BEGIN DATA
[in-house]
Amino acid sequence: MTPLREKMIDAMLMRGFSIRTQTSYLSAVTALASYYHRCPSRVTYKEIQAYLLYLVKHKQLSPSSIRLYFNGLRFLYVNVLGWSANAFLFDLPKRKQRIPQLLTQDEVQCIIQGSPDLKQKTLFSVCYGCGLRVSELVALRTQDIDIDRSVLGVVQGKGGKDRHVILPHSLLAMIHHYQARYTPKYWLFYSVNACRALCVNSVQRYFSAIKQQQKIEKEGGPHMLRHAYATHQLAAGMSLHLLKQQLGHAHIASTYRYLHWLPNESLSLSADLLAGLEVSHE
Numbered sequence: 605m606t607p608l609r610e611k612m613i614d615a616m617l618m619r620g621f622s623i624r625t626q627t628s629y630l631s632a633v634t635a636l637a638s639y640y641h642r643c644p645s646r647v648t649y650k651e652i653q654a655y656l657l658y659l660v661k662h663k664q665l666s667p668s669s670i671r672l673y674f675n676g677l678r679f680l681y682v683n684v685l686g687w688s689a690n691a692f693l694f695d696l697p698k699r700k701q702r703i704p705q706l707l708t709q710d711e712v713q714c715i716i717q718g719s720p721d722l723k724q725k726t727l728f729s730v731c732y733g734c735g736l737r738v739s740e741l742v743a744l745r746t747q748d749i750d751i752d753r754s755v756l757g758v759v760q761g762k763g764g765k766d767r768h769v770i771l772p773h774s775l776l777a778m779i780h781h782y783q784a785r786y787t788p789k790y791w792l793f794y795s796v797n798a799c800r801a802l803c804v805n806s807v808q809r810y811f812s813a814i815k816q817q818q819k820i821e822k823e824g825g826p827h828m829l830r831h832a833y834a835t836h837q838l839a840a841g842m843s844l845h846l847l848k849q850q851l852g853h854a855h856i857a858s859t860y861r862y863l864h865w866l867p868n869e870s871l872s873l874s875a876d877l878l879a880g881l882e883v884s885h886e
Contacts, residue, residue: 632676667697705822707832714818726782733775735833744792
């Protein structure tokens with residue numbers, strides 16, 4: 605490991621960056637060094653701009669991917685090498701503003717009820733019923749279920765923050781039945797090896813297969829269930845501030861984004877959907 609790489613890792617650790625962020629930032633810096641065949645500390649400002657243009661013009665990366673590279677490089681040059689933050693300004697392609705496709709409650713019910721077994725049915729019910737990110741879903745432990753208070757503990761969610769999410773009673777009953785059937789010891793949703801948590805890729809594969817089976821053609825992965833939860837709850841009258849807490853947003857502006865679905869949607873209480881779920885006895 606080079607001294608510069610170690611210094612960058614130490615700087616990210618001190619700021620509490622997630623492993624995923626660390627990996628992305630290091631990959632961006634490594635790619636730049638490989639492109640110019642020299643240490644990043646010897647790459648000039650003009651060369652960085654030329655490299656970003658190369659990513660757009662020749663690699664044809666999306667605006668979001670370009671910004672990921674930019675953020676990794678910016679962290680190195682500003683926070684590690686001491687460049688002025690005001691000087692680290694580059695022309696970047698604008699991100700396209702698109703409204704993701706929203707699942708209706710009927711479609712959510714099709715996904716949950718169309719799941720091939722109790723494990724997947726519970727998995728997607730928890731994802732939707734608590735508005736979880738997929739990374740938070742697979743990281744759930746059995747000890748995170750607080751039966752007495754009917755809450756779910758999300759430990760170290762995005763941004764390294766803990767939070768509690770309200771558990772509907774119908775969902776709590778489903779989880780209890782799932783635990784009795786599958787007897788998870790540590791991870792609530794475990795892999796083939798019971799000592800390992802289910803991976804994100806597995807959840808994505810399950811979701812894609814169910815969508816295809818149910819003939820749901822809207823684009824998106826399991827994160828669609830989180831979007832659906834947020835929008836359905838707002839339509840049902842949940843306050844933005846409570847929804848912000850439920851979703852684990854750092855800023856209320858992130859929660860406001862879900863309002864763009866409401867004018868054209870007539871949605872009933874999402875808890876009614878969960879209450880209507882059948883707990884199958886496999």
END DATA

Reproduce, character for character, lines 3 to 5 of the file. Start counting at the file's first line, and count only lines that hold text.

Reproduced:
Numbered sequence: 605m606t607p608l609r610e611k612m613i614d615a616m617l618m619r620g621f622s623i624r625t626q627t628s629y630l631s632a633v634t635a636l637a638s639y640y641h642r643c644p645s646r647v648t649y650k651e652i653q654a655y656l657l658y659l660v661k662h663k664q665l666s667p668s669s670i671r672l673y674f675n676g677l678r679f680l681y682v683n684v685l686g687w688s689a690n691a692f693l694f695d696l697p698k699r700k701q702r703i704p705q706l707l708t709q710d711e712v713q714c715i716i717q718g719s720p721d722l723k724q725k726t727l728f729s730v731c732y733g734c735g736l737r738v739s740e741l742v743a744l745r746t747q748d749i750d751i752d753r754s755v756l757g758v759v760q761g762k763g764g765k766d767r768h769v770i771l772p773h774s775l776l777a778m779i780h781h782y783q784a785r786y787t788p789k790y791w792l793f794y795s796v797n798a799c800r801a802l803c804v805n806s807v808q809r810y811f812s813a814i815k816q817q818q819k820i821e822k823e824g825g826p827h828m829l830r831h832a833y834a835t836h837q838l839a840a841g842m843s844l845h846l847l848k849q850q851l852g853h854a855h856i857a858s859t860y861r862y863l864h865w866l867p868n869e870s871l872s873l874s875a876d877l878l879a880g881l882e883v884s885h886e
Contacts, residue, residue: 632676667697705822707832714818726782733775735833744792
């Protein structure tokens with residue numbers, strides 16, 4: 605490991621960056637060094653701009669991917685090498701503003717009820733019923749279920765923050781039945797090896813297969829269930845501030861984004877959907 609790489613890792617650790625962020629930032633810096641065949645500390649400002657243009661013009665990366673590279677490089681040059689933050693300004697392609705496709709409650713019910721077994725049915729019910737990110741879903745432990753208070757503990761969610769999410773009673777009953785059937789010891793949703801948590805890729809594969817089976821053609825992965833939860837709850841009258849807490853947003857502006865679905869949607873209480881779920885006895 606080079607001294608510069610170690611210094612960058614130490615700087616990210618001190619700021620509490622997630623492993624995923626660390627990996628992305630290091631990959632961006634490594635790619636730049638490989639492109640110019642020299643240490644990043646010897647790459648000039650003009651060369652960085654030329655490299656970003658190369659990513660757009662020749663690699664044809666999306667605006668979001670370009671910004672990921674930019675953020676990794678910016679962290680190195682500003683926070684590690686001491687460049688002025690005001691000087692680290694580059695022309696970047698604008699991100700396209702698109703409204704993701706929203707699942708209706710009927711479609712959510714099709715996904716949950718169309719799941720091939722109790723494990724997947726519970727998995728997607730928890731994802732939707734608590735508005736979880738997929739990374740938070742697979743990281744759930746059995747000890748995170750607080751039966752007495754009917755809450756779910758999300759430990760170290762995005763941004764390294766803990767939070768509690770309200771558990772509907774119908775969902776709590778489903779989880780209890782799932783635990784009795786599958787007897788998870790540590791991870792609530794475990795892999796083939798019971799000592800390992802289910803991976804994100806597995807959840808994505810399950811979701812894609814169910815969508816295809818149910819003939820749901822809207823684009824998106826399991827994160828669609830989180831979007832659906834947020835929008836359905838707002839339509840049902842949940843306050844933005846409570847929804848912000850439920851979703852684990854750092855800023856209320858992130859929660860406001862879900863309002864763009866409401867004018868054209870007539871949605872009933874999402875808890876009614878969960879209450880209507882059948883707990884199958886496999």